ST. PETERSBURG — Think you're taking your life into your hands when navigating the main road bordering the often busy Northeast Park Shopping Center? Relief may be on the way.
Almost two dozen people attended a meeting last week to listen to the city's plans to make 38th Avenue N safer along a stretch that passes the popular shopping center and neighboring businesses that include a fast food restaurant, drug store, gym and a trio of banks.
The city proposes to install traffic lights and crosswalks at an intersection at the shopping center's main entrance. To slow traffic and reduce left-turn accidents, plans also call for construction of a series of concrete and landscaped medians along 38th Avenue N, which becomes 40th Avenue N as it winds east.
Joe Kubicki, director of transportation and parking, said work on the heavily trafficked route between Fourth and First streets is being proposed "because of the number of accidents that we have experienced in the area, including pedestrian fatalities."
In recent years, two bicyclists have also died along the stretch, police spokesman Mike Puetz said. Erik Ross was killed on 38th Avenue N near the shopping center in 2009. In 2007, Caren Karamesines died at 38th Avenue N and Fourth Street.
Karan Padgett, treasurer of the Northeast Park Neighborhood Association, is familiar with the area's hazards.
"I know that I am happy to see something being done,'' she said.
"To get into the Gold's Gym, it is very dangerous to make a left turn when you're heading east on 38th and when you're heading west on 38th to make a left turn into the BB&T bank. It's a bad area. Someone was hit crossing on one of those motorized wheelchairs on 40th.''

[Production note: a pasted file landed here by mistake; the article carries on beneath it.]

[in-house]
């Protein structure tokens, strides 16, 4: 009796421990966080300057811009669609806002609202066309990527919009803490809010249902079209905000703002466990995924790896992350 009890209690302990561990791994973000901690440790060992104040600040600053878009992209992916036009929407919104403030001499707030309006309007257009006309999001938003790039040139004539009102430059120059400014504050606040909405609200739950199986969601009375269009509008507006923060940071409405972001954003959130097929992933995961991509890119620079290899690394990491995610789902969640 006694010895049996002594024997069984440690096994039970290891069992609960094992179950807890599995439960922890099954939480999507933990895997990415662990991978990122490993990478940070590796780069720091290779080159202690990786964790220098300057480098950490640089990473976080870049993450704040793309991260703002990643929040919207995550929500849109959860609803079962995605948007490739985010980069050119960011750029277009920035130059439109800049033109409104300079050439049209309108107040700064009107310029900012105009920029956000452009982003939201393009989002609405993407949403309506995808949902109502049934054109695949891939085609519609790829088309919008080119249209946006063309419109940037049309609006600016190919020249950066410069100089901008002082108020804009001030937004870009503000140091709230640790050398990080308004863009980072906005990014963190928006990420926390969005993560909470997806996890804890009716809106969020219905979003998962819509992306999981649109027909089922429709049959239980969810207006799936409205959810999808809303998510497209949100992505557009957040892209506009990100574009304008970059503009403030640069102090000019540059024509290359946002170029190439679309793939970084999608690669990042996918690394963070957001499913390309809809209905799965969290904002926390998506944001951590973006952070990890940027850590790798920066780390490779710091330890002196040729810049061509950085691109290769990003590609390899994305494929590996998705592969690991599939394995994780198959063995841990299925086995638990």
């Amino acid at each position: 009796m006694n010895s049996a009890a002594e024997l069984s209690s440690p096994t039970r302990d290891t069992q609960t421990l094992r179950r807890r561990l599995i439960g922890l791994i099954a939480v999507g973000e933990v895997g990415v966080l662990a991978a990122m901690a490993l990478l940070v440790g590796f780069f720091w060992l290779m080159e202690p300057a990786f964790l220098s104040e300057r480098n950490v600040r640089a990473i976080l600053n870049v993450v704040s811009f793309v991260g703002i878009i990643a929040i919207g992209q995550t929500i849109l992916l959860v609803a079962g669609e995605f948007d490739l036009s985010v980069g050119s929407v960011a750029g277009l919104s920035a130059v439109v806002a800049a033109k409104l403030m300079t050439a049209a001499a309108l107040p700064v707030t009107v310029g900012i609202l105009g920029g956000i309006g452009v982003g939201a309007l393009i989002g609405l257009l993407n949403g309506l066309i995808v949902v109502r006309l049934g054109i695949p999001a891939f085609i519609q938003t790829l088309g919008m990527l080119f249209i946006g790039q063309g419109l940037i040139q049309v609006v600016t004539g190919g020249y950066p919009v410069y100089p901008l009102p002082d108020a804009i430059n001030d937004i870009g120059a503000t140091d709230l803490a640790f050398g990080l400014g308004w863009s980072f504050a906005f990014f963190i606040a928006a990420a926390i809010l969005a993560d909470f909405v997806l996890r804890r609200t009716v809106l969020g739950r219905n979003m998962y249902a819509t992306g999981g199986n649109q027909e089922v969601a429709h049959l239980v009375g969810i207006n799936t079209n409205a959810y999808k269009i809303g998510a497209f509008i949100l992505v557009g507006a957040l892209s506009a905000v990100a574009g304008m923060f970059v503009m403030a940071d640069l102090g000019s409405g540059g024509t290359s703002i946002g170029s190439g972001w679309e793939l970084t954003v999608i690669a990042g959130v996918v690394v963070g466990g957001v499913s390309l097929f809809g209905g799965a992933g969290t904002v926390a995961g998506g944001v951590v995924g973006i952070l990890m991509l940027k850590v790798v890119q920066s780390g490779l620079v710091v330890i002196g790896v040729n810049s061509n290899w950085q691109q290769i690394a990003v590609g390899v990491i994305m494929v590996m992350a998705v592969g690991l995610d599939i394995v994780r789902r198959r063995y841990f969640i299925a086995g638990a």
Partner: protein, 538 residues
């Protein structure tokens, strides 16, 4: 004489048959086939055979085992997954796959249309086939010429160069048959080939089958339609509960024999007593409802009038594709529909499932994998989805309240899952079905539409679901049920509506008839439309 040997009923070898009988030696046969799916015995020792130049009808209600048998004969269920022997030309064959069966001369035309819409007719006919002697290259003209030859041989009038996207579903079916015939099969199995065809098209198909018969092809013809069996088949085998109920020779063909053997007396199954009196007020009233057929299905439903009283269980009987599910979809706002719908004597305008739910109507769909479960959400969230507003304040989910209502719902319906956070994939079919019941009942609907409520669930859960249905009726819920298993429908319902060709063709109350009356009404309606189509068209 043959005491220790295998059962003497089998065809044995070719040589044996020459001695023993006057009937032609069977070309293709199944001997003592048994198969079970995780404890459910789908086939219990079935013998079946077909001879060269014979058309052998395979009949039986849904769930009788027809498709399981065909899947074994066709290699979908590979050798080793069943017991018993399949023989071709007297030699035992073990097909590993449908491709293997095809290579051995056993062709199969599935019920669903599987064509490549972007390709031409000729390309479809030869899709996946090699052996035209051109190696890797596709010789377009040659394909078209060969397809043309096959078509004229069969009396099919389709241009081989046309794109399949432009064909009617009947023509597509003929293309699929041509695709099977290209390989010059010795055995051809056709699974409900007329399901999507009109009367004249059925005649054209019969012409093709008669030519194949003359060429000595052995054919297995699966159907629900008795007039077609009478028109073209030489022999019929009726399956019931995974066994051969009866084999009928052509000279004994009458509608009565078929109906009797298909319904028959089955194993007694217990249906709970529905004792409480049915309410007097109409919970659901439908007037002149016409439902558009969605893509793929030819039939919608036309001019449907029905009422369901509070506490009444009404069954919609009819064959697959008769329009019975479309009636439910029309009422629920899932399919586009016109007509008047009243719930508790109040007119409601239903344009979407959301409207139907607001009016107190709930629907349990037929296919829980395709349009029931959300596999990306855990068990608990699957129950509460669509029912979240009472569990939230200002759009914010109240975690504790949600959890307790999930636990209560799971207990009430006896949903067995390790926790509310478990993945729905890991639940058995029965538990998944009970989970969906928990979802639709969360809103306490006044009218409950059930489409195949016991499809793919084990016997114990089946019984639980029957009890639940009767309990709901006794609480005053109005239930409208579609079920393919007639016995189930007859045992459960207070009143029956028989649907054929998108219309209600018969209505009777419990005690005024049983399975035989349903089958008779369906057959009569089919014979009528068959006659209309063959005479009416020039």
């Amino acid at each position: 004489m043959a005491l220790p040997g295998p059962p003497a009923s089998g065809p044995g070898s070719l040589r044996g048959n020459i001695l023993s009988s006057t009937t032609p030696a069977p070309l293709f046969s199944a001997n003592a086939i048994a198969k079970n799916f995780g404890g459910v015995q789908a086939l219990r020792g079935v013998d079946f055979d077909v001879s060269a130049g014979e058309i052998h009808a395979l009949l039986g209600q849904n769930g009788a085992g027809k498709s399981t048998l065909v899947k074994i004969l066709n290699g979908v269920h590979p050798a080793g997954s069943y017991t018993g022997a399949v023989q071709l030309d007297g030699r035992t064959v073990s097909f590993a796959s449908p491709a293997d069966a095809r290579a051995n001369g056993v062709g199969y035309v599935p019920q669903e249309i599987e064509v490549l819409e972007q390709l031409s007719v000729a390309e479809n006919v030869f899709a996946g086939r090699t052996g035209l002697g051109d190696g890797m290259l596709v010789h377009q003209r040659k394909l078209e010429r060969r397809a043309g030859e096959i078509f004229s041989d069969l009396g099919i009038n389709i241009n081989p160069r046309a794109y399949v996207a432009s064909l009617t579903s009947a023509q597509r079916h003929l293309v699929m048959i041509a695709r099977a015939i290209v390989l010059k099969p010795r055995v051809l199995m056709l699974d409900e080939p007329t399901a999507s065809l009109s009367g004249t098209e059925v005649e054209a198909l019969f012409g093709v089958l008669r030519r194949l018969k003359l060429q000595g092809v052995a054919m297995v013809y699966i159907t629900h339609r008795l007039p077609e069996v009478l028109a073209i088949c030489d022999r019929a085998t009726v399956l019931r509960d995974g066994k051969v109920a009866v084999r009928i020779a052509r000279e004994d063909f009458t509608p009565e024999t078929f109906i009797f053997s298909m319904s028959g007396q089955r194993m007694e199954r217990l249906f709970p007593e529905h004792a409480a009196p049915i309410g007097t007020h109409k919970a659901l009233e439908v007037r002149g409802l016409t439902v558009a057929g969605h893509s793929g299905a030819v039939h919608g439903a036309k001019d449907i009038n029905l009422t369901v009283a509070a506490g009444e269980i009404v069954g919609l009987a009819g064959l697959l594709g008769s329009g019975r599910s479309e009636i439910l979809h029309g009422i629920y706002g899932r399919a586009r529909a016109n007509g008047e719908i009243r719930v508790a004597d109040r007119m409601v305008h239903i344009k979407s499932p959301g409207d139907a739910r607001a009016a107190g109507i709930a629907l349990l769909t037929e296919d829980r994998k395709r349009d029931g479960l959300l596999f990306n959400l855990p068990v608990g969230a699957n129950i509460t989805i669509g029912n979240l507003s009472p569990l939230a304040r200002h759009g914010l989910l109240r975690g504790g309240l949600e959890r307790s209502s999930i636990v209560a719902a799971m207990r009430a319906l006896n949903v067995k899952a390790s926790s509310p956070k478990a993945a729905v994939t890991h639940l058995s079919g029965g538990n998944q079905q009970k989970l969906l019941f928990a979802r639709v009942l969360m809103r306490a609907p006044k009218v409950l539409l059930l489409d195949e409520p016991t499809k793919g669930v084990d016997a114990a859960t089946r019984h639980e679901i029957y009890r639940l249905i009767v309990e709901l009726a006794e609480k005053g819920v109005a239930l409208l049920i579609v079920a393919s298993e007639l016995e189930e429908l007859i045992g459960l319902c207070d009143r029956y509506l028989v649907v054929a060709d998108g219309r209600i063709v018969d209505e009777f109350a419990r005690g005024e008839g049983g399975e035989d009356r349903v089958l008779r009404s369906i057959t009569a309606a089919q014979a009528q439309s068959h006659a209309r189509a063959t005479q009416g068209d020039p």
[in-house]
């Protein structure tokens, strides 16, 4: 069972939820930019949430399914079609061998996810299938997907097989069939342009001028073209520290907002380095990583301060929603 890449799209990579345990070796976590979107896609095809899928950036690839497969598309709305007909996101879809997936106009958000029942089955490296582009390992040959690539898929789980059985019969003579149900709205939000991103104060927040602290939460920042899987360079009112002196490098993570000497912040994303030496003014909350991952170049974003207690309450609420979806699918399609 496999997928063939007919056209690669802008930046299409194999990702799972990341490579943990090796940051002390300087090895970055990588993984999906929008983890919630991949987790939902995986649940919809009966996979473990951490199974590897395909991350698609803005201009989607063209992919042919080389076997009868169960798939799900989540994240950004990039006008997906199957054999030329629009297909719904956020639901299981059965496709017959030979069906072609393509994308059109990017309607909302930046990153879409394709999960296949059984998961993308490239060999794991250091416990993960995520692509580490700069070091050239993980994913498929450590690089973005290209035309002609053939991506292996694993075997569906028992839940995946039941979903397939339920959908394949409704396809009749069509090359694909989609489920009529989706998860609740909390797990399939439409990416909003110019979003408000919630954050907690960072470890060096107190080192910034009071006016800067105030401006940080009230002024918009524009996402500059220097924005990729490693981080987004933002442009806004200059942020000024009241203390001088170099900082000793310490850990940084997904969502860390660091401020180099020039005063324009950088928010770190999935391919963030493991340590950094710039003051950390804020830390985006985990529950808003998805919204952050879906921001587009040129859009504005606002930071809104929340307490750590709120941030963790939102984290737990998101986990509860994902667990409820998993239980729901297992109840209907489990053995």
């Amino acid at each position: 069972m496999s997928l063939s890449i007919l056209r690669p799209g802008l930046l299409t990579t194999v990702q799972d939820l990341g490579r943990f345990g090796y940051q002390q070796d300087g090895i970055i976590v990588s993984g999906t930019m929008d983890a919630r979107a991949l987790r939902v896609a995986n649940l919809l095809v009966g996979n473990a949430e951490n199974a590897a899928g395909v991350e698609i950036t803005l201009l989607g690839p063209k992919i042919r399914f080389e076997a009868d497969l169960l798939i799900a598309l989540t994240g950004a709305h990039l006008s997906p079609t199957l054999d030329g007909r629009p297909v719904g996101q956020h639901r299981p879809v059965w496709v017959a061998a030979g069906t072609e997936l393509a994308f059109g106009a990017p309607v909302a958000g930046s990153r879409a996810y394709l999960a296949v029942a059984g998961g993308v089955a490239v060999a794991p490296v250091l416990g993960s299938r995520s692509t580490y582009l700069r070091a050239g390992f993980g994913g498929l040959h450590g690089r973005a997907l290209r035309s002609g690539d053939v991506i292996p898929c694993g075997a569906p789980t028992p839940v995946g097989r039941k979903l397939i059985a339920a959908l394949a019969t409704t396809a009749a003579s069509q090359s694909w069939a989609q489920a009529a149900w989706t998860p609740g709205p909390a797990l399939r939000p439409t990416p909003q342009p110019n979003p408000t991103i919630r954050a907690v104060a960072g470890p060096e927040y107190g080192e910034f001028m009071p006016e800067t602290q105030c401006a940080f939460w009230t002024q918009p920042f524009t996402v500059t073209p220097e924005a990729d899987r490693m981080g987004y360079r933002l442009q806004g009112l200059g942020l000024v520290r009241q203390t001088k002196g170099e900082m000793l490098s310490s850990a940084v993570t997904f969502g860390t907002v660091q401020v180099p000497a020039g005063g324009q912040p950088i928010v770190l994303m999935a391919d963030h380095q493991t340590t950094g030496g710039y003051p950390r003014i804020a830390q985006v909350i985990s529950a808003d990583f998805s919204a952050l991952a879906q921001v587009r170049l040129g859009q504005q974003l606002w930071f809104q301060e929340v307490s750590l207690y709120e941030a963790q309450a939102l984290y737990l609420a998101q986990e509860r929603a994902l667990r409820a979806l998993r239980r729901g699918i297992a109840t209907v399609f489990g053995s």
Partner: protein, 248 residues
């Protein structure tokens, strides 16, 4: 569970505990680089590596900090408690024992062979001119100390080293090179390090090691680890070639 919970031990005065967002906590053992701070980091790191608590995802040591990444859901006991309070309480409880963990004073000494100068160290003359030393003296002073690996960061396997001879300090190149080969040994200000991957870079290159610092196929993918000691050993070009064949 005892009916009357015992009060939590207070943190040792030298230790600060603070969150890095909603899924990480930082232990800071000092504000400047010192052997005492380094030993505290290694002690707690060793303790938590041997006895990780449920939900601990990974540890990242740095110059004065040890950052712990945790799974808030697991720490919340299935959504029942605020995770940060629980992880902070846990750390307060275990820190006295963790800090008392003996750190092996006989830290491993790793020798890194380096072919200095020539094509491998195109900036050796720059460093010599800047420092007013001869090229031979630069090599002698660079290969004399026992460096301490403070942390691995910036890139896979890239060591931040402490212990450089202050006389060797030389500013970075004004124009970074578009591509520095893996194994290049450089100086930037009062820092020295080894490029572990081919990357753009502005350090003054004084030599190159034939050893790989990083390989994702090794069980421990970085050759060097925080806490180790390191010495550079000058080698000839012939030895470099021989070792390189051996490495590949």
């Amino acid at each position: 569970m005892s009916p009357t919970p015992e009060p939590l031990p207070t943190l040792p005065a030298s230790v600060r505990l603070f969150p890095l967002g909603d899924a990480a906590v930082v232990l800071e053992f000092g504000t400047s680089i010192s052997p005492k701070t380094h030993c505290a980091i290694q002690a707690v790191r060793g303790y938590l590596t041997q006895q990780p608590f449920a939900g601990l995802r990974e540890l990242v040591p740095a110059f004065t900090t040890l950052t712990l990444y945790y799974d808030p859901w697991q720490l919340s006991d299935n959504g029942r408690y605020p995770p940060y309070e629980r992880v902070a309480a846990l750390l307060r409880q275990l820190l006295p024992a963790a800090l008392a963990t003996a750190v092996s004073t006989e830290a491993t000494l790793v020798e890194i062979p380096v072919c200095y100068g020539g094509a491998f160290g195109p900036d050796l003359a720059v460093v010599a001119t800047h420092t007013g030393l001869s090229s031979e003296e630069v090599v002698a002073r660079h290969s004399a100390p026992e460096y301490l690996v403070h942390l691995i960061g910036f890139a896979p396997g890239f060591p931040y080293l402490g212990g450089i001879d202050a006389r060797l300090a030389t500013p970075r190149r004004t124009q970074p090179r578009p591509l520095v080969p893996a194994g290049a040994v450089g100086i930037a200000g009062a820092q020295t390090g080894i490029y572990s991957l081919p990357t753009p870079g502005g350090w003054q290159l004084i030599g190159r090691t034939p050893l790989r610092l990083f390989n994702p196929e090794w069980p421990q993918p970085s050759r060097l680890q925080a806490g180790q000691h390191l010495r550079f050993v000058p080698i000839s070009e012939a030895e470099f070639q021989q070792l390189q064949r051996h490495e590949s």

Cheryl Greenwood, a past president of the neighborhood association, also is pleased that the situation is being addressed. She said the association had been discussing the dangerous patch of road since 2006.
"It's just a very bad setup,'' she said.
And quite busy. Recent Metropolitan Planning Organization figures show 17,097 trips a day on 40th Avenue immediately east of First Street, Kubicki said.
At last week's meeting with residents, the city unveiled what Kubicki described as a preliminary plan to remedy the dangers. The city will incorporate neighbors' suggestions into the project's design, he said.
A spokeswoman for Publix Super Market, which owns the shopping center, said the new traffic light "will be a huge asset'' to customers and staff alike.
"This will provide a safer environment for everyone traveling to the Northeast Park Shopping Center and we are looking forward to the positive changes,'' said Shannon Patten, the Publix spokeswoman.
The improvements won't be immediate, though.
"It could be a year or two away, depending on funding,'' Kubicki said.
Waveney Ann Moore can be reached at email@example.com or (727) 892-2283.